As for Egyptian food specifically, I have yet to hunt that down, and Bahraini food is definitely not popular outside of the country. If you can get your hands on karak tea (Bahraini) or koshary (Egyptian), you should definitely try them.

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When I Breathe the Ocean Curls

Lauren A.M. Scott performing When I Breathe the Ocean Curls (2015). Photographed by David Ballantine
Thursday, January 14, 2016 - 12:00am to Saturday, January 30, 2016 - 9:00pm

InterAccess presents When I Breathe the Ocean Curls, a performative environment by Lauren A.M. Scott. Scott is the recipient of the 2015 InterAccess Media Arts Prize, awarded to an Integrated Media graduating student at OCAD University.

When I Breathe the Ocean Curls utilizes Scott’s physical body to extend her breath into space. The artist wears a stretch sensor around her torso, and as her chest rises and falls with breath, six small electronic fans produce the effect of wind as she exhales. Scott’s breath becomes the force that connects her to the audience as an invisible extension of touch.

Scott will perform this work four times throughout the exhibition period. In the intervening days, visitors to the gallery can view video documentation of her performance and engage with its physical trace.

An essay by Francisco-Fernando Granados accompanies the exhibition.

Opening reception:
Wednesday, January 13, 2016 from 7:00 p.m. to 9:00 p.m. Performance begins at 7:30 p.m.

Additional performance dates:
Saturday, January 16, 2016 at 2:00 p.m.
Thursday, January 21, 2016 at 6:30 p.m.
Saturday, January 30, 2016 at 2:00 p.m.

Venue & Address: 
InterAccess 9 Ossington Avenue, Toronto
Website: 
http://interaccess.org/exhibition/when-i-breathe-ocean-curls
Phone: 
416-532-0597

Integrated Media student wins Emerging Digital Artist Award

Colin Rosati. Autocidal After Image (still 1)
Colin Rosati. Autocidal After Image (still 2)
Thursday, November 19, 2015 - 2:00pm

Third-year Integrated Media student Colin Rosati has won the inaugural Emerging Digital Artist Award (EDAA), sponsored by Equitable Bank. The competition’s judges agreed unanimously that Rosati’s work, Autocidal After Image, fulfilled all the award’s criteria, most notably in its relevance to “the digital” as both a technological tool and a user experience.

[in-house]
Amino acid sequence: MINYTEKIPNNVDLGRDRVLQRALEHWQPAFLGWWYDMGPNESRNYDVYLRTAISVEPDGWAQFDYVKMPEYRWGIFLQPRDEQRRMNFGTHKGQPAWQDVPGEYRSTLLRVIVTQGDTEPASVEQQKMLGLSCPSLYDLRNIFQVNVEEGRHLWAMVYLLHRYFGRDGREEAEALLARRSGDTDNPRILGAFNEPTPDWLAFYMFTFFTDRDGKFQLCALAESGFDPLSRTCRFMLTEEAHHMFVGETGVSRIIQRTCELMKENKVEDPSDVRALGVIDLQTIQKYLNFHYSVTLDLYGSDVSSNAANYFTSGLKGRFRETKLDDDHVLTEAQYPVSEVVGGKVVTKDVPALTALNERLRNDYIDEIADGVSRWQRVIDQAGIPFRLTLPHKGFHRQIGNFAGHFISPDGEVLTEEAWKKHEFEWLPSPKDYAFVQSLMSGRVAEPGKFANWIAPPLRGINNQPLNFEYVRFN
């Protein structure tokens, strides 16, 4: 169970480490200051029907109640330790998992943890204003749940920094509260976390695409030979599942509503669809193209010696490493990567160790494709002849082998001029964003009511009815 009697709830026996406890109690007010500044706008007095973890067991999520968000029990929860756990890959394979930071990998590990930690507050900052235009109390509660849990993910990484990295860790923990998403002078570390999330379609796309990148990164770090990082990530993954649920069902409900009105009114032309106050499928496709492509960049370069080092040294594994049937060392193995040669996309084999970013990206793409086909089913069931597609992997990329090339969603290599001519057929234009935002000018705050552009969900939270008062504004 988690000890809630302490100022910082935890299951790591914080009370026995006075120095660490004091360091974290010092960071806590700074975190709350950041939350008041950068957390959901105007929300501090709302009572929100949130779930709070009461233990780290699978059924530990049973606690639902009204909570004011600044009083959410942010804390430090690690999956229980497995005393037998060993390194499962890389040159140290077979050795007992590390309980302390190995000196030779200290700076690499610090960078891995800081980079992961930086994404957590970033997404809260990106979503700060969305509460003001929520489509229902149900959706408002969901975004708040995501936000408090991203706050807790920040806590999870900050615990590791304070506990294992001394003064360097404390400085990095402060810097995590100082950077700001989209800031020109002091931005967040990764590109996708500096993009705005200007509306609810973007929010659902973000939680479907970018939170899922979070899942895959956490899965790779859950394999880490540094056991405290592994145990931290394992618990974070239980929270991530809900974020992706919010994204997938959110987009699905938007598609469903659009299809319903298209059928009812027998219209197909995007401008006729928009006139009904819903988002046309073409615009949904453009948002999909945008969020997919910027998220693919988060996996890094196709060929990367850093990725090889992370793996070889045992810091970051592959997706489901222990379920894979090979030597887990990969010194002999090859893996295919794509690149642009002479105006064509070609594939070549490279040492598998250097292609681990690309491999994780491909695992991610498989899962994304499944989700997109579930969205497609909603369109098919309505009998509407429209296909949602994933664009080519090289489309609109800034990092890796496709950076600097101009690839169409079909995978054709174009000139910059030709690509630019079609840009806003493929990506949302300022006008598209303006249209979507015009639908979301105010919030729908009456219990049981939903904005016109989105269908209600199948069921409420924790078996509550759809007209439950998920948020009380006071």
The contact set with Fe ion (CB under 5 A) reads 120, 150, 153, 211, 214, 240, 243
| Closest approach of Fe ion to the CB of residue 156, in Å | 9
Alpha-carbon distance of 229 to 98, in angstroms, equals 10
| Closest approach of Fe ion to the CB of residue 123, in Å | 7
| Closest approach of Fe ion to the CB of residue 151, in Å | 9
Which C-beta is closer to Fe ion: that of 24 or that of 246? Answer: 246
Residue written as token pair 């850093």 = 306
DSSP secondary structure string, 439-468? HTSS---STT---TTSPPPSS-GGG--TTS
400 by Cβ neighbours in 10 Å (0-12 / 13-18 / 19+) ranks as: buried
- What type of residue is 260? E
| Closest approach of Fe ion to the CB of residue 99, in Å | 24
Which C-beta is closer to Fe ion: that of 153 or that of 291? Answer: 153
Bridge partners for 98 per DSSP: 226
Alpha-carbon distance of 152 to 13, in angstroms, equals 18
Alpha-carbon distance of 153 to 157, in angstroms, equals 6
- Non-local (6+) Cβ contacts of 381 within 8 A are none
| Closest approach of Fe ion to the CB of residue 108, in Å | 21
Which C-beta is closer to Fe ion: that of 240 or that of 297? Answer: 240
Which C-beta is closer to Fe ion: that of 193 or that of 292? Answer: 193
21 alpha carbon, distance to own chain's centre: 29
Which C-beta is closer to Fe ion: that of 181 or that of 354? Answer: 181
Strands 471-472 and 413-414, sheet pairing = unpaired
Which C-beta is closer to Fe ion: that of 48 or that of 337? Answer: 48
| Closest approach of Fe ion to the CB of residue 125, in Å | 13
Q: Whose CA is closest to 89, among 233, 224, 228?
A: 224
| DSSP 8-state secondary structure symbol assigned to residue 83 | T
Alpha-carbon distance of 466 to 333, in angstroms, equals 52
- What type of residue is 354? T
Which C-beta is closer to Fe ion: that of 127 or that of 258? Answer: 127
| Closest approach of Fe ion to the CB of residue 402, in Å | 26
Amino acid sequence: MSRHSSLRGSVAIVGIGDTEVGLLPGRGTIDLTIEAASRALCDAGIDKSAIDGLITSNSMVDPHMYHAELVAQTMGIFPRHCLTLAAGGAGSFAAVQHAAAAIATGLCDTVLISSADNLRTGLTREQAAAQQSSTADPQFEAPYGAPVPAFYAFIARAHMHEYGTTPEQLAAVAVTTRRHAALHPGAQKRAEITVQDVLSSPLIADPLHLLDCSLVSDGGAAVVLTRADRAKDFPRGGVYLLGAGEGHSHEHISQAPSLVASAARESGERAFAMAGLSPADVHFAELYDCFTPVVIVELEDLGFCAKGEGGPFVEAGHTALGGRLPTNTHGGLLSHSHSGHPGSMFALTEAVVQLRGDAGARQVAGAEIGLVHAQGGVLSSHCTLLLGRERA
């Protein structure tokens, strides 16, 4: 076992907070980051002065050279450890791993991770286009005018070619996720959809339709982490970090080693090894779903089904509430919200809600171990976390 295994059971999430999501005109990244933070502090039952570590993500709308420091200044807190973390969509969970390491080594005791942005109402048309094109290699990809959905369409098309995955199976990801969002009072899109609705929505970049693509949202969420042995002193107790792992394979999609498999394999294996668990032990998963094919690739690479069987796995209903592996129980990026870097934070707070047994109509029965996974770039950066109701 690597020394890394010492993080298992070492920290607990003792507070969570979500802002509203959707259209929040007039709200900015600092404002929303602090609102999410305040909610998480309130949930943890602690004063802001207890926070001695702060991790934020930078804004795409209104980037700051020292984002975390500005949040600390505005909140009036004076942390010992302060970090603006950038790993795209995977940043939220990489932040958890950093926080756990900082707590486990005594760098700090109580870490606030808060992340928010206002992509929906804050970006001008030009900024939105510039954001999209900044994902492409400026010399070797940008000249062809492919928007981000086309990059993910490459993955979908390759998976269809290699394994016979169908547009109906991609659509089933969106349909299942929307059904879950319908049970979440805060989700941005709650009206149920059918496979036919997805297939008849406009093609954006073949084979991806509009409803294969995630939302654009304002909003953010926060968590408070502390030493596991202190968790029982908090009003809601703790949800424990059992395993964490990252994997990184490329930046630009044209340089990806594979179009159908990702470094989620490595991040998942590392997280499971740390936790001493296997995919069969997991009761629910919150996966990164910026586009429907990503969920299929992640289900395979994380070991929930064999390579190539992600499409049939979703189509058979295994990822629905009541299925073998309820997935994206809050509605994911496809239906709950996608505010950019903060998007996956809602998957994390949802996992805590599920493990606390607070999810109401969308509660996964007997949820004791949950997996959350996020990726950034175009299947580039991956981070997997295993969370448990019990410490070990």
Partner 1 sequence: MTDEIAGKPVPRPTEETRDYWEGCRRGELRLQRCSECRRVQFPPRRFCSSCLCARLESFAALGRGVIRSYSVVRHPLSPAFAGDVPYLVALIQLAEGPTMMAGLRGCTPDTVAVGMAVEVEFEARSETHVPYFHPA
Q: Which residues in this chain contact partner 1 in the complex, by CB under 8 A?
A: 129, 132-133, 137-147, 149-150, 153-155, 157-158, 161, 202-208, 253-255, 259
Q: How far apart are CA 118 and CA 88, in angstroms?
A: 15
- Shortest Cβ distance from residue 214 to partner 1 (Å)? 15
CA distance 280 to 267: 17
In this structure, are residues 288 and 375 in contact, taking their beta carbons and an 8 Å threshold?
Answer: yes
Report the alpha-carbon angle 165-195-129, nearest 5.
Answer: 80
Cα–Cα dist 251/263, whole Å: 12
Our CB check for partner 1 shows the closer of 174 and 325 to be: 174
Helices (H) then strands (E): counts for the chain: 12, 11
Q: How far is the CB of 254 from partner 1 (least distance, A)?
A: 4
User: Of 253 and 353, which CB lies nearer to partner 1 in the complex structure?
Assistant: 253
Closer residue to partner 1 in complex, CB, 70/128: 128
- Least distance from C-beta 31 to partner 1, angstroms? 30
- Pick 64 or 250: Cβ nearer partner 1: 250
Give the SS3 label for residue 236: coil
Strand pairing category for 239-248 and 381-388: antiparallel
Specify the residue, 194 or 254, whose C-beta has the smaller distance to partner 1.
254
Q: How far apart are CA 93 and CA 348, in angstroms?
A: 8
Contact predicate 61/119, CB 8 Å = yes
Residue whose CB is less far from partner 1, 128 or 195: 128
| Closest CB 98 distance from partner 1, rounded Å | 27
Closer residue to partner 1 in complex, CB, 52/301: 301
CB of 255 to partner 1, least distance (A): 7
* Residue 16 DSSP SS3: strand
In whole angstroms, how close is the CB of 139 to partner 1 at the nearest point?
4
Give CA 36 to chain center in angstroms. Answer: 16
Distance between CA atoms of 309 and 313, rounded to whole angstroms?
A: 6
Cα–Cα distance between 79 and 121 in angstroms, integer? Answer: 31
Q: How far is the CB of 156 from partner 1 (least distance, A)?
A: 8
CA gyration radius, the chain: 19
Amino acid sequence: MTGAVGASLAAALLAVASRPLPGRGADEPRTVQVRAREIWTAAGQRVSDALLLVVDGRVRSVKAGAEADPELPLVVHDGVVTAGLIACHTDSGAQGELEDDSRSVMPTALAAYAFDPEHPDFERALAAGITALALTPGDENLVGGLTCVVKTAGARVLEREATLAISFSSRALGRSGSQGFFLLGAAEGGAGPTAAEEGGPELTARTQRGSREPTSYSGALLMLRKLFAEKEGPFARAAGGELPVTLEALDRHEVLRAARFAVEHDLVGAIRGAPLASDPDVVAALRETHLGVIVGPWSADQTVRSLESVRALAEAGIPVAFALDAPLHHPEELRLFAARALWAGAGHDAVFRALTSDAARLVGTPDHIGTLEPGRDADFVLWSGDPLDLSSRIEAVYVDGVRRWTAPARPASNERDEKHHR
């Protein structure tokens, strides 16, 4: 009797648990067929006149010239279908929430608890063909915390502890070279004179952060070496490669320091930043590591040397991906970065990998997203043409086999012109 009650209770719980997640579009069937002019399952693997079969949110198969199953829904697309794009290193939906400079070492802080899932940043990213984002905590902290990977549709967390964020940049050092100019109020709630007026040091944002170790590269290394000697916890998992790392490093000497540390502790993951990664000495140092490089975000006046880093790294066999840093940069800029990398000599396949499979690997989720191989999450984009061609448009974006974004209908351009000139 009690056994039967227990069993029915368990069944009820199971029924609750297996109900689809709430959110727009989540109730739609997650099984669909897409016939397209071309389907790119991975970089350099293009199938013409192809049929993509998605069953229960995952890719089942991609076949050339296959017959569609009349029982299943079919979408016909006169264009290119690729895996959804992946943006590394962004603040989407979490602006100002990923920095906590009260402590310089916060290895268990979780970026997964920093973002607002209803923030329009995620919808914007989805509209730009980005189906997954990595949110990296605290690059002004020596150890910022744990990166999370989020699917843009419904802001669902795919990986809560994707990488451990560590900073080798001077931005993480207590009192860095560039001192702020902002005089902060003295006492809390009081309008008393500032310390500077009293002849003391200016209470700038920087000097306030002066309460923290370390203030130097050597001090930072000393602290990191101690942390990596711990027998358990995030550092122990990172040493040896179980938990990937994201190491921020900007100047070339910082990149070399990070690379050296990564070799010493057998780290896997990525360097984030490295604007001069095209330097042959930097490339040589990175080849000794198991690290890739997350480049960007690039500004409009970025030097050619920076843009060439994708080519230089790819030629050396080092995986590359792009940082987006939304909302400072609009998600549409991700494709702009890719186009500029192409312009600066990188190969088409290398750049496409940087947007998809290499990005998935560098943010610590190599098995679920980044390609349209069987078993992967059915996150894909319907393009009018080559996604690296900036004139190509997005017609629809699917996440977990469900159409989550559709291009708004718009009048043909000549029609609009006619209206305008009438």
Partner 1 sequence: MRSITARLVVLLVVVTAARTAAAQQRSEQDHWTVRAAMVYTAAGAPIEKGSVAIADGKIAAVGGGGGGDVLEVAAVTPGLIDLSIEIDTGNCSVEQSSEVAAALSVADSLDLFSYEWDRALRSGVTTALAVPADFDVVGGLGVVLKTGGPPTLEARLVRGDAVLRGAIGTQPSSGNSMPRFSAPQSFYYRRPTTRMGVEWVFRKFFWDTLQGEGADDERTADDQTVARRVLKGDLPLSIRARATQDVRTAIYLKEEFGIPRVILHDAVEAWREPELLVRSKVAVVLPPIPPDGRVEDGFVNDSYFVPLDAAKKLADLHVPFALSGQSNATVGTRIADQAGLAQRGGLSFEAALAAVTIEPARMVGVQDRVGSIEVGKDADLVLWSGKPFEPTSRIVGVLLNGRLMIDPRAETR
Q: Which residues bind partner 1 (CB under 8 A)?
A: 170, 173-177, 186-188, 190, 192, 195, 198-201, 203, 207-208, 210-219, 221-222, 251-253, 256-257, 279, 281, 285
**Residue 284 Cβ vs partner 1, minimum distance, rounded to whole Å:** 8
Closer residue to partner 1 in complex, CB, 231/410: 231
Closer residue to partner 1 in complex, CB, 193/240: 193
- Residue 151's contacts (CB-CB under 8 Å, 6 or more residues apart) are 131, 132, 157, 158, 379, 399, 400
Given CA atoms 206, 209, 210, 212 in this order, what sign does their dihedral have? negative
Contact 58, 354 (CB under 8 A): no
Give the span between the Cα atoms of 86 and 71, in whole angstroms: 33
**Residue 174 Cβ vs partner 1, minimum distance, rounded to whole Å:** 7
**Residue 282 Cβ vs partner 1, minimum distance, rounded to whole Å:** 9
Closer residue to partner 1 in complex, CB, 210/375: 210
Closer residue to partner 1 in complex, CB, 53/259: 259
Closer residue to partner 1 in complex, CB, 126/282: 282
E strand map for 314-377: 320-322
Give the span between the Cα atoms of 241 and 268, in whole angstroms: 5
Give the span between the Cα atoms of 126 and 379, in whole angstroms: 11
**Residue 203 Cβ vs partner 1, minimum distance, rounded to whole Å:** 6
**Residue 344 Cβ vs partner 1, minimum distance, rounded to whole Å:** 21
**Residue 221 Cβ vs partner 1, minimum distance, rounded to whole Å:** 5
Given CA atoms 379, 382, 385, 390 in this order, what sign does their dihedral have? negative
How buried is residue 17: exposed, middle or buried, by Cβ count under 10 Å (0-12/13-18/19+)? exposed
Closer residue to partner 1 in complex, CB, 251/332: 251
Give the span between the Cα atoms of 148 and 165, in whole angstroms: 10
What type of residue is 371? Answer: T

In addition to his studies at OCAD University, Colin is a Toronto-based multimedia artist. He works with 3D modelling, the visual programming language Max MSP, single and multi-channel video and interactive installations.

Colin received the EDAA at a reception held at the Art Gallery of Ontario’s Jackman Hall on October 30. Autocidal After Image will become part of Equitable Bank’s modern and contemporary art collection, and will be displayed in the bank’s head office (30 St. Clair Ave W., Suite 700, Toronto). From November 6 to December 12, Colin’s winning art is on view at OCAD U’s Xpace Cultural Centre.

Exaltation and the Fall

Photograph of a woman floating in water
Thursday, October 8, 2015 - 11:00pm to Friday, October 9, 2015 - 2:00am

Exaltation and the Fall is an exhibition that investigates the entangled relationship between the psyche in contact with a body of water. Acts of the body, represented through video installation, light projection, and photography perform rites of change, passage, and transformation. To exalt is to rise from within a murky depth, and to fall is to submerse into the unknown- water becomes the substrate for this rise and fall. It is a place for possibility within the calm, or calamity of the unknown.

Featuring works by Adam Filek, Daniel Pavis, Elizabeth Webb, Paige Sabourin, and Tara Morté.
Curated by Mary Ma

Live performances will take place throughout the opening reception in response to the exhibition- curtsey of artists Adam Filek, Christopher Heller, and work from choreographer Lauren Runions of I/O Movement.

Opening Reception: October 8, 7 to 10 p.m.

Panel Discussion- The Poetics of a Performative Act: Monday October 12, 4 p.m.
Join artists, curators, and writers in a casual forum as we discuss the relationship between performance and its significance to intersecting branches of embodiment, affect, and the natural landscape.

Exhibition catalog featuring images and critical essays will be on sale for $10 throughout the show.